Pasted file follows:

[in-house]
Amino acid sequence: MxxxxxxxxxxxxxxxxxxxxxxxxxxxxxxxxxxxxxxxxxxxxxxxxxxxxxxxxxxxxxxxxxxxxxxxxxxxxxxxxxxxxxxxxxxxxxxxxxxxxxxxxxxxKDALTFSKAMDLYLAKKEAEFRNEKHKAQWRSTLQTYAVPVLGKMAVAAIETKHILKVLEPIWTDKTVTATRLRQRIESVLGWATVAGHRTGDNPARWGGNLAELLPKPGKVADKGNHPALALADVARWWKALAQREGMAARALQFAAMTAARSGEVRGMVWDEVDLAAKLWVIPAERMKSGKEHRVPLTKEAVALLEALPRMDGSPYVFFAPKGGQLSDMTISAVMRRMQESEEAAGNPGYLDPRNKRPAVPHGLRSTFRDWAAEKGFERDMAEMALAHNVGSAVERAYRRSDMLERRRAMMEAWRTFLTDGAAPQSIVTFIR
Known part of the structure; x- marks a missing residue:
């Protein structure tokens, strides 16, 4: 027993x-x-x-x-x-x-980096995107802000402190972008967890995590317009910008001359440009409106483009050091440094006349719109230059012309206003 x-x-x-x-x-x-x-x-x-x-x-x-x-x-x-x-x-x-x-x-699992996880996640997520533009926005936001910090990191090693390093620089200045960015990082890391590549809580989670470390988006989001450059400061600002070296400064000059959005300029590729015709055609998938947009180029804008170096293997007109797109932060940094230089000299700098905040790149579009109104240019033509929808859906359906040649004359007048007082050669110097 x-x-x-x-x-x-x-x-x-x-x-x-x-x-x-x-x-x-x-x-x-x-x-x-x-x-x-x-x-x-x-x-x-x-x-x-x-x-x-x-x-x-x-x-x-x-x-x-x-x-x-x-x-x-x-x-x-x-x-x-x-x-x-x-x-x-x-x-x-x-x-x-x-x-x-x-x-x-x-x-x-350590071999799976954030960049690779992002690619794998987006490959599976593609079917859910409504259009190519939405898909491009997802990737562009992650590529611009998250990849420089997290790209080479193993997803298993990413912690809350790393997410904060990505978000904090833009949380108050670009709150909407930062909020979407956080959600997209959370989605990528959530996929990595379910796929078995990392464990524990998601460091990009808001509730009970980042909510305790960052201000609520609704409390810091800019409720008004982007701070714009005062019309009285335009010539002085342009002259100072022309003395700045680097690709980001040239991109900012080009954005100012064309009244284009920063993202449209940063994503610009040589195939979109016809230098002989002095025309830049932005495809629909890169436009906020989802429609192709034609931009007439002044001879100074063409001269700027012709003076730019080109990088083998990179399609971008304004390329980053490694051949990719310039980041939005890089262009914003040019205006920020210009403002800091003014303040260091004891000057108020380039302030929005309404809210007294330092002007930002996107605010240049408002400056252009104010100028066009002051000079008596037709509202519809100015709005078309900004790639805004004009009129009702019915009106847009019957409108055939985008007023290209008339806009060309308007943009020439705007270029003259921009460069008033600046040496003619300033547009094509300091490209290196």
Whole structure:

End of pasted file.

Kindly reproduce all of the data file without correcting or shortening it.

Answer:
[in-house]
Amino acid sequence: MxxxxxxxxxxxxxxxxxxxxxxxxxxxxxxxxxxxxxxxxxxxxxxxxxxxxxxxxxxxxxxxxxxxxxxxxxxxxxxxxxxxxxxxxxxxxxxxxxxxxxxxxxxxKDALTFSKAMDLYLAKKEAEFRNEKHKAQWRSTLQTYAVPVLGKMAVAAIETKHILKVLEPIWTDKTVTATRLRQRIESVLGWATVAGHRTGDNPARWGGNLAELLPKPGKVADKGNHPALALADVARWWKALAQREGMAARALQFAAMTAARSGEVRGMVWDEVDLAAKLWVIPAERMKSGKEHRVPLTKEAVALLEALPRMDGSPYVFFAPKGGQLSDMTISAVMRRMQESEEAAGNPGYLDPRNKRPAVPHGLRSTFRDWAAEKGFERDMAEMALAHNVGSAVERAYRRSDMLERRRAMMEAWRTFLTDGAAPQSIVTFIR
Known part of the structure; x- marks a missing residue:
């Protein structure tokens, strides 16, 4: 027993x-x-x-x-x-x-980096995107802000402190972008967890995590317009910008001359440009409106483009050091440094006349719109230059012309206003 x-x-x-x-x-x-x-x-x-x-x-x-x-x-x-x-x-x-x-x-699992996880996640997520533009926005936001910090990191090693390093620089200045960015990082890391590549809580989670470390988006989001450059400061600002070296400064000059959005300029590729015709055609998938947009180029804008170096293997007109797109932060940094230089000299700098905040790149579009109104240019033509929808859906359906040649004359007048007082050669110097 x-x-x-x-x-x-x-x-x-x-x-x-x-x-x-x-x-x-x-x-x-x-x-x-x-x-x-x-x-x-x-x-x-x-x-x-x-x-x-x-x-x-x-x-x-x-x-x-x-x-x-x-x-x-x-x-x-x-x-x-x-x-x-x-x-x-x-x-x-x-x-x-x-x-x-x-x-x-x-x-x-350590071999799976954030960049690779992002690619794998987006490959599976593609079917859910409504259009190519939405898909491009997802990737562009992650590529611009998250990849420089997290790209080479193993997803298993990413912690809350790393997410904060990505978000904090833009949380108050670009709150909407930062909020979407956080959600997209959370989605990528959530996929990595379910796929078995990392464990524990998601460091990009808001509730009970980042909510305790960052201000609520609704409390810091800019409720008004982007701070714009005062019309009285335009010539002085342009002259100072022309003395700045680097690709980001040239991109900012080009954005100012064309009244284009920063993202449209940063994503610009040589195939979109016809230098002989002095025309830049932005495809629909890169436009906020989802429609192709034609931009007439002044001879100074063409001269700027012709003076730019080109990088083998990179399609971008304004390329980053490694051949990719310039980041939005890089262009914003040019205006920020210009403002800091003014303040260091004891000057108020380039302030929005309404809210007294330092002007930002996107605010240049408002400056252009104010100028066009002051000079008596037709509202519809100015709005078309900004790639805004004009009129009702019915009106847009019957409108055939985008007023290209008339806009060309308007943009020439705007270029003259921009460069008033600046040496003619300033547009094509300091490209290196």
Whole structure: